2. Deployment


Same as the deployment phase for active duty.

3. Post-deployment

Same as the post-deployment phase for active duty

4. Individual Augmentee Deployment

Along with active duty, reserve and guard deployment, there’s also individual augmentee deployment. This occurs when a service member received deployment orders individually or with a small group outside of their unit. This is different than deployment of the entire unit, ship or squadron.

You can receive an IA if your active duty, Reserve or National Guard. It can even be given out on a volunteer basis or you can be selected for this type of service. Typically, IAs are Air For and Navy service members augmenting a Marine Corps or Army unit. Sailors and Airmen receiving an individual augmentee deployment will receive additional training. They may also be ordered to tours longer than traditional deployment.

Shorter notifications times and less information about the deployment are common with IAs. It’s also common for the deployment to be to an area with communication challenges.

What is Deployment Assistance?

The United States Military understands how difficult deployment is on the service member and their family. Deployment assistance is provided in a number of different ways to help make it as easy on the family as possible. What will be available depends on where your home installation is and what can be provided through email and over the phone.

Some of the types of available deployment assistance include:

Fleet and Family Support Center – Some active military bases has a Navy Fleet and Family Support Center, Air Force Family Service Center, Marine Corps Community Service Center or an Army Community Service Center. These centers are designed to provide support services for families. They are staffed with human services professionals and the programs are all free.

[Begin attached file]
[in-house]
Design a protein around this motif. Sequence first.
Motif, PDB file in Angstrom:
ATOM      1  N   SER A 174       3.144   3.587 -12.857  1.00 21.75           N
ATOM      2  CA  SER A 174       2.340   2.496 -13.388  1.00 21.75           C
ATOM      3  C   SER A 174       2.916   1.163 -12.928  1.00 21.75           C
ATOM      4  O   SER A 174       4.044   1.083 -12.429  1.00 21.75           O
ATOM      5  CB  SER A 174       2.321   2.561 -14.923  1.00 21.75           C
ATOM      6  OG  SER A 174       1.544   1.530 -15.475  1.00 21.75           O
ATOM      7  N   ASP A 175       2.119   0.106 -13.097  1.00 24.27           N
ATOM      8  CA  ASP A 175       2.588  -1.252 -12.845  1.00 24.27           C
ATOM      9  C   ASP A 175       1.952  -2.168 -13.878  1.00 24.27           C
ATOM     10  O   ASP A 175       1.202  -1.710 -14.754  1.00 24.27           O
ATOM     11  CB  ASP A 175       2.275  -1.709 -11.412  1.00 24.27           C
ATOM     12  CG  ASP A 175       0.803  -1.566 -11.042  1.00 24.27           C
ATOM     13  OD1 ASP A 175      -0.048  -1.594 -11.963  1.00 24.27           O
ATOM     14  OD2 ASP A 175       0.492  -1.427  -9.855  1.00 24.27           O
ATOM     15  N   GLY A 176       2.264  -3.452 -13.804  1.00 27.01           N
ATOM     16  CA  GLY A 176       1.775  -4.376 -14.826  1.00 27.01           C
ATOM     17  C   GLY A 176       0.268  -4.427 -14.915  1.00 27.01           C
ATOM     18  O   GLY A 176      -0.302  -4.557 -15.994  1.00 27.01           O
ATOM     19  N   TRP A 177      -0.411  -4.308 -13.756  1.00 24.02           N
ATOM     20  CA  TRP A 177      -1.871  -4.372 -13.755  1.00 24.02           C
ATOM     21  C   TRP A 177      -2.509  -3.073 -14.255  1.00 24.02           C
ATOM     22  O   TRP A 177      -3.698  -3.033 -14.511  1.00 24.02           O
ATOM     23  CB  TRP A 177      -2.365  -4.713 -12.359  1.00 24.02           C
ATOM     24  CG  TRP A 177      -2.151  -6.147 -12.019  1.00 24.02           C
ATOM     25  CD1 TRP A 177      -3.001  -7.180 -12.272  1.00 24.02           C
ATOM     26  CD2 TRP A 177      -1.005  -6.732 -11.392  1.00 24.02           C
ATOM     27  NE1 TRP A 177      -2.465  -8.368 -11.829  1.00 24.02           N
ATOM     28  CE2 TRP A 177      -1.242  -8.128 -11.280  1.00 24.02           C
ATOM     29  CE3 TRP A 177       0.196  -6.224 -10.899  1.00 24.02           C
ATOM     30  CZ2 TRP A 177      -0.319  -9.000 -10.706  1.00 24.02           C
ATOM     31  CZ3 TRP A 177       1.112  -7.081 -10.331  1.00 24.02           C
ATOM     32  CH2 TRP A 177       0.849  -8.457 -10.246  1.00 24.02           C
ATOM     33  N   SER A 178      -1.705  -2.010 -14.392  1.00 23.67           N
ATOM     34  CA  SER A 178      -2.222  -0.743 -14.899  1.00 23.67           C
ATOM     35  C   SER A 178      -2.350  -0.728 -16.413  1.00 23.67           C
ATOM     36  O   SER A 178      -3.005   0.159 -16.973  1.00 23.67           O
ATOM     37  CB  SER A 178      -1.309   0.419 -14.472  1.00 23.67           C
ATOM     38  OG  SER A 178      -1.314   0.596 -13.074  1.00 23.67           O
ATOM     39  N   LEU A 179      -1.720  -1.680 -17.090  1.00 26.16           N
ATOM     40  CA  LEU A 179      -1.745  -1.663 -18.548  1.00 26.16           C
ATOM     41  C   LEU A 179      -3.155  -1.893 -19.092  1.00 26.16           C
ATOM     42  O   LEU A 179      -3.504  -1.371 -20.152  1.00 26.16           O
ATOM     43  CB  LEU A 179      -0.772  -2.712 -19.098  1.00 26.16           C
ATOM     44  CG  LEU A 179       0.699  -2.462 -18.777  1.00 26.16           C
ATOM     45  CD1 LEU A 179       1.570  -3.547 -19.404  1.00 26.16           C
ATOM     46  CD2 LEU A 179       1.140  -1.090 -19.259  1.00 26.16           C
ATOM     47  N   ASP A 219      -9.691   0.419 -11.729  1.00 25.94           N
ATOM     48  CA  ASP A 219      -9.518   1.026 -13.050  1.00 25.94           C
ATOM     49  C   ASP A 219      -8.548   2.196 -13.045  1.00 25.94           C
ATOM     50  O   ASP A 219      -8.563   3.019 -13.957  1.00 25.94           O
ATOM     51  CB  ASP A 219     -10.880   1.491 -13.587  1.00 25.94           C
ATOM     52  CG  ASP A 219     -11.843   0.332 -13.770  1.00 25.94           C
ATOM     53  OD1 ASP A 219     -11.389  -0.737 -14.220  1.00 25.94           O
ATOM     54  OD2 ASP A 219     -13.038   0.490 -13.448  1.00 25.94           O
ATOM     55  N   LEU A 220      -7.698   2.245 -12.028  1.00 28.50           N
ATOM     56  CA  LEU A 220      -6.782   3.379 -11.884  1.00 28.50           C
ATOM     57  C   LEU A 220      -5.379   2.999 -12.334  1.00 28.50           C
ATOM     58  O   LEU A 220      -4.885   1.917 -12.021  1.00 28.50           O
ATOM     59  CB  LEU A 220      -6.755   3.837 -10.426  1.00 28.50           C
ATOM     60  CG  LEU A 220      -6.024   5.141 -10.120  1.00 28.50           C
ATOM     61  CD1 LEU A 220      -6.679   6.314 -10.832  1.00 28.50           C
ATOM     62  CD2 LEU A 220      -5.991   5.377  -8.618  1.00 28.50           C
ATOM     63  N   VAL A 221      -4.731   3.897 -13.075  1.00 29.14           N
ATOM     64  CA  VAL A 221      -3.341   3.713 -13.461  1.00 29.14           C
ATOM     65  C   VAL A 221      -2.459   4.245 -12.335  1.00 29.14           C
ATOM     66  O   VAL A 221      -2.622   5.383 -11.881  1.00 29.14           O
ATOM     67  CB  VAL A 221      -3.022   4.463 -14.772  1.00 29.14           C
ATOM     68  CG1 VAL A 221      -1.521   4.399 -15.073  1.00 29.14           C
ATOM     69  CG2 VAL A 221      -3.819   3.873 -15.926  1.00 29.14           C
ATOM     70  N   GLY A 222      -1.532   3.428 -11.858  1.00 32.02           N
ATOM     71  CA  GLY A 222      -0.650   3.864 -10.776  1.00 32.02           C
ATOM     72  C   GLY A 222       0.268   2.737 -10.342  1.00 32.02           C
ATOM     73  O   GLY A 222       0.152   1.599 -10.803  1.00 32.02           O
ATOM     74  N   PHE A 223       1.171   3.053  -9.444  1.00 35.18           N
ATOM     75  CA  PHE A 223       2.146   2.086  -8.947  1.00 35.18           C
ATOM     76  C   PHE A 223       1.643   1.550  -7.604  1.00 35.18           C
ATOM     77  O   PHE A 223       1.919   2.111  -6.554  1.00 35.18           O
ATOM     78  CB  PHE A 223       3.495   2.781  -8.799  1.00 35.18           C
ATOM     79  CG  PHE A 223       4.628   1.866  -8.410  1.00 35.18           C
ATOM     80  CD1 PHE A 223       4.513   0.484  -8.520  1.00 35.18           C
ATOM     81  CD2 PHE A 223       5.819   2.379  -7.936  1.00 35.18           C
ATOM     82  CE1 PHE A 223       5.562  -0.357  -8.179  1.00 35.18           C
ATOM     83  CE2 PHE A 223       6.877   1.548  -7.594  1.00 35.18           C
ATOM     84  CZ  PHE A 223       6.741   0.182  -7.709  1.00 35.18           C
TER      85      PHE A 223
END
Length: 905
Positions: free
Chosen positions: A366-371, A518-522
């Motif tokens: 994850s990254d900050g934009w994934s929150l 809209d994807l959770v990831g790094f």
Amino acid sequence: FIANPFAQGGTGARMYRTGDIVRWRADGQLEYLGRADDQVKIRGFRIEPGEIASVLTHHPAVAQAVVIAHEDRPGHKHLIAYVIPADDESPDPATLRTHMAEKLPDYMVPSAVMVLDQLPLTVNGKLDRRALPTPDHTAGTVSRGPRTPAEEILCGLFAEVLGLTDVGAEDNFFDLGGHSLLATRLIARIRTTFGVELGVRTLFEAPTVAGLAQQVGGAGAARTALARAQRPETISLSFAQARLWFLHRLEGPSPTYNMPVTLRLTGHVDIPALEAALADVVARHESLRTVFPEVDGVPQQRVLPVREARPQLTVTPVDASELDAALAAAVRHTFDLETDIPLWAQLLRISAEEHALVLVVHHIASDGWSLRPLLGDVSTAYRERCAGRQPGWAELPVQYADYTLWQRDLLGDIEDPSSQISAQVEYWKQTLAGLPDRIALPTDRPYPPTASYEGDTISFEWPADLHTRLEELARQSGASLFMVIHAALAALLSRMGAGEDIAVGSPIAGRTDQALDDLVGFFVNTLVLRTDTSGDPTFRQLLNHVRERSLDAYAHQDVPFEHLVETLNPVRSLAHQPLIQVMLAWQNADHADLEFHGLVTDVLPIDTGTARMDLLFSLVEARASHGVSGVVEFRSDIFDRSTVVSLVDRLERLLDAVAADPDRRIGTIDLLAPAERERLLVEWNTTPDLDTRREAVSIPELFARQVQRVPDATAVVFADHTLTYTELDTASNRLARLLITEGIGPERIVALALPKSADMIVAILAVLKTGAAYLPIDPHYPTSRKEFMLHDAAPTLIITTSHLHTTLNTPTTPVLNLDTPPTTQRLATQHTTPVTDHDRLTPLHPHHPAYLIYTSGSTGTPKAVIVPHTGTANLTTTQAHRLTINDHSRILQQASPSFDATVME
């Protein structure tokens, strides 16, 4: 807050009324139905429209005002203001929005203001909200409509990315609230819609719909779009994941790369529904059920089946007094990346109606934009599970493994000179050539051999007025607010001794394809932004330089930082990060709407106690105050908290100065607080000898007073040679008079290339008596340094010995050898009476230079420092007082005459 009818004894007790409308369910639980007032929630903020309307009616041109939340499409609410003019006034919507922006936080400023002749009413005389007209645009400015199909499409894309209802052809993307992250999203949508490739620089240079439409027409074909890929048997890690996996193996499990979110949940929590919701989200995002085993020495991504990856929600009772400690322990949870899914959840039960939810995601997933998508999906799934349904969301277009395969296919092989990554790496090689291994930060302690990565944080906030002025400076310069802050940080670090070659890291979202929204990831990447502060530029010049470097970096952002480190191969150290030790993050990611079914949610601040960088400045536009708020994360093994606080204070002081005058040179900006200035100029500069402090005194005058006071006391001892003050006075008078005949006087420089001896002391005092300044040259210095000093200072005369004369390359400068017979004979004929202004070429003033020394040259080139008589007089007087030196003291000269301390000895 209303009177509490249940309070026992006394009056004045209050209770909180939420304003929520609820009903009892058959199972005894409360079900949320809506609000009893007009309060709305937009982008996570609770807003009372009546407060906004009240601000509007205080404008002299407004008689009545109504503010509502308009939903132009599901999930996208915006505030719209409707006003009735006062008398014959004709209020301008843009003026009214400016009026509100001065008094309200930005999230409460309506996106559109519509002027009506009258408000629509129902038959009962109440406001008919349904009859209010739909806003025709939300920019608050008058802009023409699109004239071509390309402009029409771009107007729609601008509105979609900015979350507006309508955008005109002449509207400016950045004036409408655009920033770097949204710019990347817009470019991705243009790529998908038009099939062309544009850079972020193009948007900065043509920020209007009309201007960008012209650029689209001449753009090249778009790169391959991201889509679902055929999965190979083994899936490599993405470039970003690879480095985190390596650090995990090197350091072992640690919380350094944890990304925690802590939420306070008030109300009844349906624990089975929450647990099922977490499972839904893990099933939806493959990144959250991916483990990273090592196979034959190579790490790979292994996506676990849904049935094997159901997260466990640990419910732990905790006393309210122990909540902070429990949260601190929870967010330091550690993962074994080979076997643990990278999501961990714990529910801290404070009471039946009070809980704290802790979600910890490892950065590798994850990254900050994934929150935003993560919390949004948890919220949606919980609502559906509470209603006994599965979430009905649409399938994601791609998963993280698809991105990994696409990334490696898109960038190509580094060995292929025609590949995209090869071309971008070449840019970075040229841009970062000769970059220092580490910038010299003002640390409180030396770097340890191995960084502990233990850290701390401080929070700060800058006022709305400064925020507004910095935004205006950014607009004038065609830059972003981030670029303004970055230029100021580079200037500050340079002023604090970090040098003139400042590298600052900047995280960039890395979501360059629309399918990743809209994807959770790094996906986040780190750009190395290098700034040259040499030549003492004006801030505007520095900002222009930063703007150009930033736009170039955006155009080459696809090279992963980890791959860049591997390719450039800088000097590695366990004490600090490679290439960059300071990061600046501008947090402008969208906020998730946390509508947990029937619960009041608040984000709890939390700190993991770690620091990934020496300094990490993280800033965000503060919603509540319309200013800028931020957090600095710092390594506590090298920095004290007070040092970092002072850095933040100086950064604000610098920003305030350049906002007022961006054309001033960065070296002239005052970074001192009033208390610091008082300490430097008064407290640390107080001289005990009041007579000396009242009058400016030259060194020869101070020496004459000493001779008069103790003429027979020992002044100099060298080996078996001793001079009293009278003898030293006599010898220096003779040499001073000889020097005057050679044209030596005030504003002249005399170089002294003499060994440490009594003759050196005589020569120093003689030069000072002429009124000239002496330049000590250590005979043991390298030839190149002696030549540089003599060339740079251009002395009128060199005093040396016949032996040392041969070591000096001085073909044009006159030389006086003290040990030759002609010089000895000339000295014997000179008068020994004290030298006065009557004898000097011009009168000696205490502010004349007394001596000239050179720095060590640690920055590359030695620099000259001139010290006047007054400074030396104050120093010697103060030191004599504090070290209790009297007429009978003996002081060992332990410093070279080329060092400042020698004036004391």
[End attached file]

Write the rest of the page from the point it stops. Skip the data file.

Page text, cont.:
Family Assistance Center – The STARC or State Area Command will often activate a Family Assistance Center when any reserve unit has been mobilized. This center will help to provide family support for military family members including current information about family support available in the area and filling out forms for assistance.

Financial Management Assistance – During deployment, it may be hard to manage the finances of the family. This assistance will help with budget preparation, investing, debt management, understanding the LES and credit management.

• Relocating Services – If military members and their families need help relocating, this service will provide necessary help.

Individual and Family Counseling – Some areas will provide short-term counseling to help families deal with deployment.

Many other forms of assistance are out there for families dealing with deployment. Even some civilian and community resources are available to help. Understanding what to expect before deployment is very important. When service members get the mobilization alert, it can be a stressful time. However, if you know what to expect, it may alleviate some of the stress.